Joel Mowbray
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In the crucial bellwether state of Ohio, the Democratic governor has created a heavily partisan committee that may be able to tip the scales on the upcoming 2010 census.

What makes this situation particularly worrisome is that the man tapped to run the committee is current state Treasurer Kevin Boyce, who has an alarming history of playing fast and loose with ethics, from giving large donors lucrative state contracts to burning through taxpayer money for self-promotion.  And that’s just in the one year since he took office.

Given that Ohio is a classic swing state, the implications in an evenly divided nation could be huge.  If census counts are over-inflated in strongly Democratic areas, then a rigged census could result in Ohio losing one fewer Congressional seat—as well as tipping as many as three or four other swing seats from the GOP to the Democratic column, using the doctored census figures to boost the power of gerrymandering.

Of course, if the Obama Administration is strictly non-partisan and actively combats any attempts from state and local Democratic officials in over-counting the number of residents in Democratic strongholds, then there is no risk of funny business.

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But with so much on the line and the presence of a number of cutthroat Obama advisors, that’s a big “if.”

In order to ensure that all Americans are counted in the 2010 census, every state was encouraged to form a “complete count committee.”  The idea is simple enough, with a stated goal of maximizing the response rate for census forms, which would minimize the need for home visits by census workers and theoretically achieve a more accurate count.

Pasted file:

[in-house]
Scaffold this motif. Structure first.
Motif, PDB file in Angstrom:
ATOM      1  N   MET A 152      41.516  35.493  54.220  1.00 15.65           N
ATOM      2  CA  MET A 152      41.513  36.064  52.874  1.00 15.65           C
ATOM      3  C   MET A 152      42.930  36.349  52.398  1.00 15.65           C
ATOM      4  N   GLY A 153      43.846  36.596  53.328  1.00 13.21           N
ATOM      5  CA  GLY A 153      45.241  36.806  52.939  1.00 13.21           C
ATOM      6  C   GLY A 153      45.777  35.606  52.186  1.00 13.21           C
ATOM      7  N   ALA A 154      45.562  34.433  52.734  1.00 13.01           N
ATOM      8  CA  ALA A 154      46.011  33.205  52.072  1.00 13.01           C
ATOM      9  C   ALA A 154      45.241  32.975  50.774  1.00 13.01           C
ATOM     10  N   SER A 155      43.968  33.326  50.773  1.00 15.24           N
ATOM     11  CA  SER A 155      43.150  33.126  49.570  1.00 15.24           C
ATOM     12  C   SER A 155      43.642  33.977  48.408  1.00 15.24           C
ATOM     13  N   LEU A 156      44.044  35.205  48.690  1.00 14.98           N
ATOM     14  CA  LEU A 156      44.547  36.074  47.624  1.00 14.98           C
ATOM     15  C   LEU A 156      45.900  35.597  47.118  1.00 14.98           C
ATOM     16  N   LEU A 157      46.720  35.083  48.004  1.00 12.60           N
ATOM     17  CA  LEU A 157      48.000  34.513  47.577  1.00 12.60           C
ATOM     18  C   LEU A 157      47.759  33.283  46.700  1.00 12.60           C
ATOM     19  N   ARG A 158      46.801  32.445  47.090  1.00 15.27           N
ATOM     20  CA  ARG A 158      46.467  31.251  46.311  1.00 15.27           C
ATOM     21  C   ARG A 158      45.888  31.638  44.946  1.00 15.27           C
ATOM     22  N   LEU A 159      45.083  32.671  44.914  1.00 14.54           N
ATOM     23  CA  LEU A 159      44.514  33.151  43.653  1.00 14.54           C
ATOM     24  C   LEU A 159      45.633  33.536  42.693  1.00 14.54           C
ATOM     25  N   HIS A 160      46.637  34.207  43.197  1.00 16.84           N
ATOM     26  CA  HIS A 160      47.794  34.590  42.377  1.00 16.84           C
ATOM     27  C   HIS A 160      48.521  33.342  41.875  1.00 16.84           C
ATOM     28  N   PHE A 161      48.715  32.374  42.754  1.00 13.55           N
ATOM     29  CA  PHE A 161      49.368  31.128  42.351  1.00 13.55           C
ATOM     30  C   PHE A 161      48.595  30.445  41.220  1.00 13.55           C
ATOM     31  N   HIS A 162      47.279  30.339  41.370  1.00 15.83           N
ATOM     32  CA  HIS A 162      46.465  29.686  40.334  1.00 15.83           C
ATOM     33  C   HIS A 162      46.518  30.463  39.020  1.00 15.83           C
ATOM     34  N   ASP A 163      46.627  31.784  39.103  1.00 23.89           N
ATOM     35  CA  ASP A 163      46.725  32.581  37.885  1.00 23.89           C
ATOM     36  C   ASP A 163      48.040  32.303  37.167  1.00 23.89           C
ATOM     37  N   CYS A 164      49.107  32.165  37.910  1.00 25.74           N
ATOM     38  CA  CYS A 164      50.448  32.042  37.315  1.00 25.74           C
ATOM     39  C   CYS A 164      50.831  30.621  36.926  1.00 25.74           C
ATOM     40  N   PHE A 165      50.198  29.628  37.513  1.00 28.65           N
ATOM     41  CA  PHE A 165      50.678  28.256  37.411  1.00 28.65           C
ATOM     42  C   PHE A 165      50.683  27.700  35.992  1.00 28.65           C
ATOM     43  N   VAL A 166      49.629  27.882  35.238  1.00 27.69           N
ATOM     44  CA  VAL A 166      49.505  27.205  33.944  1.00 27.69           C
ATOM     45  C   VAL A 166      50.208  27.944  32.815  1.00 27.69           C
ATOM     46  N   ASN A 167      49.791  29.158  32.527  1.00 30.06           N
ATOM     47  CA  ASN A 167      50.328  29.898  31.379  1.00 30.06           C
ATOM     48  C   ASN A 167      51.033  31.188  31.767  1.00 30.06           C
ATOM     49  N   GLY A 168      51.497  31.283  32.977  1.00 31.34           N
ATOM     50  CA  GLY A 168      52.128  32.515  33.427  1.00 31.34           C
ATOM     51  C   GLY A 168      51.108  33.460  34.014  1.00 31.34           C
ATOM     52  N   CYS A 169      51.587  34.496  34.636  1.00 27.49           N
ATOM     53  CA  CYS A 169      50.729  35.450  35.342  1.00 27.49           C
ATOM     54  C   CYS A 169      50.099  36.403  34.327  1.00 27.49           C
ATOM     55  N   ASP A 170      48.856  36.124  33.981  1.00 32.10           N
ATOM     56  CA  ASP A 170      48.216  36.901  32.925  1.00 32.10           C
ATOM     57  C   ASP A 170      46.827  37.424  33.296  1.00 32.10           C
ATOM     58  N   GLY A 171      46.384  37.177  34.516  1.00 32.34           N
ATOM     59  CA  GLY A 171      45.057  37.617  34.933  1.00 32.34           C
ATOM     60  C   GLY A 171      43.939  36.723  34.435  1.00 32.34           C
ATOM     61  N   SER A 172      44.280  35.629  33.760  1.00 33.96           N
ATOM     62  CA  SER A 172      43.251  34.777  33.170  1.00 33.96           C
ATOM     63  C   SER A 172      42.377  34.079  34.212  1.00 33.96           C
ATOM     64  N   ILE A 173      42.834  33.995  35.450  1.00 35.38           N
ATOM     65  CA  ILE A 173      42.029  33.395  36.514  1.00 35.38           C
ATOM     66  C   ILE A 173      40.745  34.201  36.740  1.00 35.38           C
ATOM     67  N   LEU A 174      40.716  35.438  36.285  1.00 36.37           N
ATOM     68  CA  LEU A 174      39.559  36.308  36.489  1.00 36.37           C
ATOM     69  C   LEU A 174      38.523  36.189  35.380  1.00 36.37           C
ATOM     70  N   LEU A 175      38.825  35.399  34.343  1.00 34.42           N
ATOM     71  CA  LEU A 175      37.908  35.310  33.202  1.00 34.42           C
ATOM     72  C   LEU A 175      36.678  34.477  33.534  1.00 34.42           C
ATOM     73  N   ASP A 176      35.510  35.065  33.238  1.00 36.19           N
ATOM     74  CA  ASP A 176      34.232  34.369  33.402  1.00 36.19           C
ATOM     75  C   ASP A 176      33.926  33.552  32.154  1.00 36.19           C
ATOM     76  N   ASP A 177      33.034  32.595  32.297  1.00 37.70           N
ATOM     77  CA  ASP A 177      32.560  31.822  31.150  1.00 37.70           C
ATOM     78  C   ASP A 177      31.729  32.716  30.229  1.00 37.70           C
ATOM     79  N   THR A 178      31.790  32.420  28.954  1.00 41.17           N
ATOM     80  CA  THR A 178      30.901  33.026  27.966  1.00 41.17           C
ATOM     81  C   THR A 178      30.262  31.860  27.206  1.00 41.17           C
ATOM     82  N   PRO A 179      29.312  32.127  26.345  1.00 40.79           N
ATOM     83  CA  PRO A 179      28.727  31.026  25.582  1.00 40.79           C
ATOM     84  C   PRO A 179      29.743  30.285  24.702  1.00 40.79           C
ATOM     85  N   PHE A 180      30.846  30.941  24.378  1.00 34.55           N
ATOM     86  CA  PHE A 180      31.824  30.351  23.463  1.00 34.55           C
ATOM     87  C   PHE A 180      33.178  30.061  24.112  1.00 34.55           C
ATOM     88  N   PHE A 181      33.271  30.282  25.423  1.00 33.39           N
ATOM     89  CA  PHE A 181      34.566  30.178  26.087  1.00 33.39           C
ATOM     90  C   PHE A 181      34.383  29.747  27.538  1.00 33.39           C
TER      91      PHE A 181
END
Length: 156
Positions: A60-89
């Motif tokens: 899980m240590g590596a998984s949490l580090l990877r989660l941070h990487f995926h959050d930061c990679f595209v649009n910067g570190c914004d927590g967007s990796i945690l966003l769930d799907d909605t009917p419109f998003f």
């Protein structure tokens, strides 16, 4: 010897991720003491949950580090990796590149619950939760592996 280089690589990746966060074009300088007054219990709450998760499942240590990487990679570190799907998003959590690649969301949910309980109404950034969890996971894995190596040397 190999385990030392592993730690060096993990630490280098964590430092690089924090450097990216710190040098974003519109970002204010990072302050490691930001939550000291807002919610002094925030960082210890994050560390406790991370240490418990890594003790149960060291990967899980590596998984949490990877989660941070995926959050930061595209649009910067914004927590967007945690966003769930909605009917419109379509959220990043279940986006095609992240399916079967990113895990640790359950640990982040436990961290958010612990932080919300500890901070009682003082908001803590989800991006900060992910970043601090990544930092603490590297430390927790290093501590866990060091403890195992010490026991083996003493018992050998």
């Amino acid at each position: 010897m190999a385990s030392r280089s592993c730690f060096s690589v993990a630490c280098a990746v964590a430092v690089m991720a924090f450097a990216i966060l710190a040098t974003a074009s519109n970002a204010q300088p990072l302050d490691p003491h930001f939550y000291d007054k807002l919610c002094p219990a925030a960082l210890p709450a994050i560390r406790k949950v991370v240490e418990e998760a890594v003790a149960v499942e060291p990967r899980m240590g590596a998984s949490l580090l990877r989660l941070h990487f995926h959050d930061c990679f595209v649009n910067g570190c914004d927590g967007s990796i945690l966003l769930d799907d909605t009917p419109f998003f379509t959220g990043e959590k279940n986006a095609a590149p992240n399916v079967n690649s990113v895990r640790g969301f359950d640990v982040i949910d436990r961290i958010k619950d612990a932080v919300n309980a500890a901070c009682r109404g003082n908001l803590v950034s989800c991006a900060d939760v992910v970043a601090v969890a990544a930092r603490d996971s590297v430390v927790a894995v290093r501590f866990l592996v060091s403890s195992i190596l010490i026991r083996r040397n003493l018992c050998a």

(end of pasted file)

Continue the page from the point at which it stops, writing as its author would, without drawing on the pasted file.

So far, so good.

Census forms, however, operate largely on the honor system.  Whatever number of residents a head of household writes down, in other words, becomes the number entered into the massive census database.  Absurd numbers would likely raise red flags for follow-ups, but what happens if even, say, 10% of homes in a particular neighborhood tell the government that the household has one or two residents above the actual figure?

Despite assurances from U.S. Census Bureau spokesperson Michael Cook that there are “checks and balances” to thwart any fraud, none of those measures was detailed or explained, per bureau policies.  With only undefined safeguards, the integrity of the system itself is crucial for a national headcount that can be trusted.

That’s why Ohio is so troubling.

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Joel Mowbray

Joel Mowbray, who got his start with Townhall.com, is an award-winning investigative journalist, nationally-syndicated columnist and author of Dangerous Diplomacy: How the State Department Threatens America's Security.

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